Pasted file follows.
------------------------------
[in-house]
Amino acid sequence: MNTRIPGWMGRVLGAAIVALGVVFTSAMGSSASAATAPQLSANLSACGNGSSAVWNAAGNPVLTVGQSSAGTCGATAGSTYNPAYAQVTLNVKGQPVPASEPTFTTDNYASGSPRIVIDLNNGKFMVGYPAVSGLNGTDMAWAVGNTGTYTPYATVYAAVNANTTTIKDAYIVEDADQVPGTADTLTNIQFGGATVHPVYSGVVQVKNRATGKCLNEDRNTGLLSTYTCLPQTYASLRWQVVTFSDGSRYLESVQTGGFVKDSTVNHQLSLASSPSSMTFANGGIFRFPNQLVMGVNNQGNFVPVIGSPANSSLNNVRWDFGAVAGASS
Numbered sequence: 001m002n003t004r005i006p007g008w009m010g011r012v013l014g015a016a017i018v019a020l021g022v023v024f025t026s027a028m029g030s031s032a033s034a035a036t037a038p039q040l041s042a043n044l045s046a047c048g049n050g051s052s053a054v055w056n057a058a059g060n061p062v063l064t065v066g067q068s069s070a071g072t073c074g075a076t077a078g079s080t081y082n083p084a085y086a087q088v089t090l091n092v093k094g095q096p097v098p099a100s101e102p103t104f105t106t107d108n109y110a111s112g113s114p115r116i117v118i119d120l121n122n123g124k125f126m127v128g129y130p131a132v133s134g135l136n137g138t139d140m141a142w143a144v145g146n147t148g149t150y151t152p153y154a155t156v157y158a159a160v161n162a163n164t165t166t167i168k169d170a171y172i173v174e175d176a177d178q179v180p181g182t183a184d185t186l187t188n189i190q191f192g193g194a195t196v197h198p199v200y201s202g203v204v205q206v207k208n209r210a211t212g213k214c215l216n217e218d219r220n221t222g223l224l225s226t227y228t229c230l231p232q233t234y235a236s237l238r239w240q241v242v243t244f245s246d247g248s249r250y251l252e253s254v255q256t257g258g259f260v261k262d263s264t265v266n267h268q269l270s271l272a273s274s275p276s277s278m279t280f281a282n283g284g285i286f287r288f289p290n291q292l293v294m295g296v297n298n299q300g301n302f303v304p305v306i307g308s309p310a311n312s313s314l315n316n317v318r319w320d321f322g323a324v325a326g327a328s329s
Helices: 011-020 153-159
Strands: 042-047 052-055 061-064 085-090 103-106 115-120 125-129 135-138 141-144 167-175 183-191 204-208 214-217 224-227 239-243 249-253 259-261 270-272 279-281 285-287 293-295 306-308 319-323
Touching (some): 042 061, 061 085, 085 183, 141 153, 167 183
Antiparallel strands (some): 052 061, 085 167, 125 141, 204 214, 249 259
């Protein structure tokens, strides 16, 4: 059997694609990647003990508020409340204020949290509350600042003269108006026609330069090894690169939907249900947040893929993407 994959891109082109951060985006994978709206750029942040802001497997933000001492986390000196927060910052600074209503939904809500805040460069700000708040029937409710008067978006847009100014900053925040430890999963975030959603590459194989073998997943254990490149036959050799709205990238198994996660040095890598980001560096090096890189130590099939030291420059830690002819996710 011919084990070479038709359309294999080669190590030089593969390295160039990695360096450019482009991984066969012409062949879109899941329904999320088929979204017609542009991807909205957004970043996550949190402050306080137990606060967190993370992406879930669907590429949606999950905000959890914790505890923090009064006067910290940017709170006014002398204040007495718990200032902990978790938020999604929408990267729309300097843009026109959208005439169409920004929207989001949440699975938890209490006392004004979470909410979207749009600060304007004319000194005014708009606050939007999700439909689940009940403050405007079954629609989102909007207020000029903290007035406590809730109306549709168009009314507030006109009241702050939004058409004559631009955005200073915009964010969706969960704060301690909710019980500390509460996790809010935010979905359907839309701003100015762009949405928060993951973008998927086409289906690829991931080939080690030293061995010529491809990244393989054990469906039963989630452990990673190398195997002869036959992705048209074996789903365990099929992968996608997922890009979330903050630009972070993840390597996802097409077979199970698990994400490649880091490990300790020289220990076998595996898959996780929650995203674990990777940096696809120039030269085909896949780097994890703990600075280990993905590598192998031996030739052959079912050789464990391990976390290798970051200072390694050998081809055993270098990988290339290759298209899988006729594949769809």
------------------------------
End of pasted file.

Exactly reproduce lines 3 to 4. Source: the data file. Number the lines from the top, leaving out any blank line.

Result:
Numbered sequence: 001m002n003t004r005i006p007g008w009m010g011r012v013l014g015a016a017i018v019a020l021g022v023v024f025t026s027a028m029g030s031s032a033s034a035a036t037a038p039q040l041s042a043n044l045s046a047c048g049n050g051s052s053a054v055w056n057a058a059g060n061p062v063l064t065v066g067q068s069s070a071g072t073c074g075a076t077a078g079s080t081y082n083p084a085y086a087q088v089t090l091n092v093k094g095q096p097v098p099a100s101e102p103t104f105t106t107d108n109y110a111s112g113s114p115r116i117v118i119d120l121n122n123g124k125f126m127v128g129y130p131a132v133s134g135l136n137g138t139d140m141a142w143a144v145g146n147t148g149t150y151t152p153y154a155t156v157y158a159a160v161n162a163n164t165t166t167i168k169d170a171y172i173v174e175d176a177d178q179v180p181g182t183a184d185t186l187t188n189i190q191f192g193g194a195t196v197h198p199v200y201s202g203v204v205q206v207k208n209r210a211t212g213k214c215l216n217e218d219r220n221t222g223l224l225s226t227y228t229c230l231p232q233t234y235a236s237l238r239w240q241v242v243t244f245s246d247g248s249r250y251l252e253s254v255q256t257g258g259f260v261k262d263s264t265v266n267h268q269l270s271l272a273s274s275p276s277s278m279t280f281a282n283g284g285i286f287r288f289p290n291q292l293v294m295g296v297n298n299q300g301n302f303v304p305v306i307g308s309p310a311n312s313s314l315n316n317v318r319w320d321f322g323a324v325a326g327a328s329s
Helices: 011-020 153-159